Headphones are especially important if you live in an apartment or have some other reason to keep quiet. They can also be also much cheaper than quality studio monitors. I don’t have much experience on studio headphones, but AKG, Sony, Audio-Technica, Fostex and Roland are good brand choices. Beware, however, that some of these brands also make headphones aimed towards regular listening, and as I mentioned earlier that is not good at all. Because I’m not so used to this topic and my current headphones are Pioneer HDJ-1500 which are DJ headphones and not studio headphones, I recommend that you read below on how to choose a pair of monitors or headphones and search online for a good pair.
How do I choose?
When choosing your monitors (or headphones), it’s always best to listen to them beforehand and check frequency response charts if such are available. If there’s a professional music store near you, go there and ask to listen to the equipment they have in stock. When listening to these, bring a reference track that has presence in all frequency areas, bass, mid and highs. Try to find a pair that play the song balanced in a way that you can hear everything in it. The monitors should have bass, especially if you produce electronic music, but the bass must not be strong, but instead just audible and balanced in comparison to the rest of the track. Also ask for recommendations from the store clerk.
If this is not possible where you live, your best place to find recommendations is online reviews. This can be a bit two-edged sword, since some reviews are made by inexperienced people and others might take in money from manufacturers to recommend their products. A good trick is to go to a professional web store such as thomann.de and check the monitors that not only have good reviews, but lots of them. If many people say something, it’s more likely to be true than if there’s just a single review on the product. Prefer written reviews, as those are usually made by more professional people than those who just leave stars under the product. And remember to take everything with a pinch of salt. If a product has 50 good reviews and one bad, it’s possible that one person is wrong. But if a product has 10 good ratings and 5 bad ratings, it’s possible that the product is bad and the 10 people just don’t know their shit.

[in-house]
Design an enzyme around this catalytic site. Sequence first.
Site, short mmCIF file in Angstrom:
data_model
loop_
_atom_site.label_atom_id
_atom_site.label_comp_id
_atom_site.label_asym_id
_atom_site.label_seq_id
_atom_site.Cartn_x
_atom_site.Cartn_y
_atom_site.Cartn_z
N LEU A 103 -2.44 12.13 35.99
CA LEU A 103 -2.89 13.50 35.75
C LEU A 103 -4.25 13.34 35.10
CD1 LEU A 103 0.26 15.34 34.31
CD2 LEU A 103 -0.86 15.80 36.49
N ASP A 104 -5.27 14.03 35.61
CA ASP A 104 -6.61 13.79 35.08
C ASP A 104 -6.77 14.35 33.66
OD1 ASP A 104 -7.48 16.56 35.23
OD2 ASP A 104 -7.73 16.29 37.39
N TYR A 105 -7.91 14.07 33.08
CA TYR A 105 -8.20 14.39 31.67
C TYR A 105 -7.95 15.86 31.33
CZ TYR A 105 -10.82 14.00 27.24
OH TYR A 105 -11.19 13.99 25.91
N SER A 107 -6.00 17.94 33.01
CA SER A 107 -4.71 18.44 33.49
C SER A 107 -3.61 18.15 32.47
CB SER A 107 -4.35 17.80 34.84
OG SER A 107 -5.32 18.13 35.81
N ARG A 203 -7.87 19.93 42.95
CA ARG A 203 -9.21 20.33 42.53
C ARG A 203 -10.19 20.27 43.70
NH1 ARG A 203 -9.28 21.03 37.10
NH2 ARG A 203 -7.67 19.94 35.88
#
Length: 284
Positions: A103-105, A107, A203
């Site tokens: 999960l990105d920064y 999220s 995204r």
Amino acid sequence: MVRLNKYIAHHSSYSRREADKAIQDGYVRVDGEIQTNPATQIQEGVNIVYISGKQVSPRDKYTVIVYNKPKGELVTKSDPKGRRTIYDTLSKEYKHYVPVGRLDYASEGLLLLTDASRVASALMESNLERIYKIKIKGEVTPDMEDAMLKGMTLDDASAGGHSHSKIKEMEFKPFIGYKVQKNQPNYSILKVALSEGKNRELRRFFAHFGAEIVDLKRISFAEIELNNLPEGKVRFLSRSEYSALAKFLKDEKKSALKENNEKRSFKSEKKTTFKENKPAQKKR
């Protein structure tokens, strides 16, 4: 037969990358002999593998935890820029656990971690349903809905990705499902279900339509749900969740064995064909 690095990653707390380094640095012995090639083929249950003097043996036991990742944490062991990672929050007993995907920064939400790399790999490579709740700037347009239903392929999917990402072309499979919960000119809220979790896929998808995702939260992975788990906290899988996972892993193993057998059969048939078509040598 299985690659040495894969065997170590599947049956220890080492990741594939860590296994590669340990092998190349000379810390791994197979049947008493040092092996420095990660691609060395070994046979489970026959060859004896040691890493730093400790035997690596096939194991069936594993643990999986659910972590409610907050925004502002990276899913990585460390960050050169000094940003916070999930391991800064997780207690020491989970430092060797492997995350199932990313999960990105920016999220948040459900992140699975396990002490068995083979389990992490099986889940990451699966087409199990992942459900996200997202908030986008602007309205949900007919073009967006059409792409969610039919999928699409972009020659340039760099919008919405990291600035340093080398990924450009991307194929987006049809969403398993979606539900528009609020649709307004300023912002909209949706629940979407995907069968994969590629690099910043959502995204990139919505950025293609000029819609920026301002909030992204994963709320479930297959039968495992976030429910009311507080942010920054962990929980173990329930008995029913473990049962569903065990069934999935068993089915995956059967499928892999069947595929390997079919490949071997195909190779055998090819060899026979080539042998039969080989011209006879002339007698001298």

This will be just a quick disclaimer as it’s not the point of this post. However, it is really important. You can’t just connect studio monitors into your computer’s 1/8″ speaker port and call it a day. You need something called an audio interface. These are external sound cards that turn the digital signals made by your computer to analog signals that your speakers can play. Your computer does that on it’s own, yes, but the quality is not that great. There are interference signals made by your computer that can be really audible on a good pair of speakers, and the conversion process done by your computer’s internal sound card can be pretty bad. External audio interfaces come in different prices and feature sets, but what you want from an interface made for studio monitors is balanced output and a volume knob. XLR inputs are also important if you ever want to connect good quality microphones to your computer. And of course, if you use headphones, it’s good for your interface to have a headphone amplifier. I personally have the Focusrite Scarlett 2i4. But more of that in another post.
At this point, I want to let you know that I am by no means a professional, but I’ve done a lot of research when writing this article and I wouldn’t write anything I am not sure of, unless I specifically say so when writing. In the end whatever works for you is probably good, but be open-minded towards products that may be better than your current equipment. Thank you for reading this post. All of the generic stock photos are from stocksnap.io and the specific product images (Behringer Truth B2030A and Focusrite Scarlett 2i4) are from their respective websites.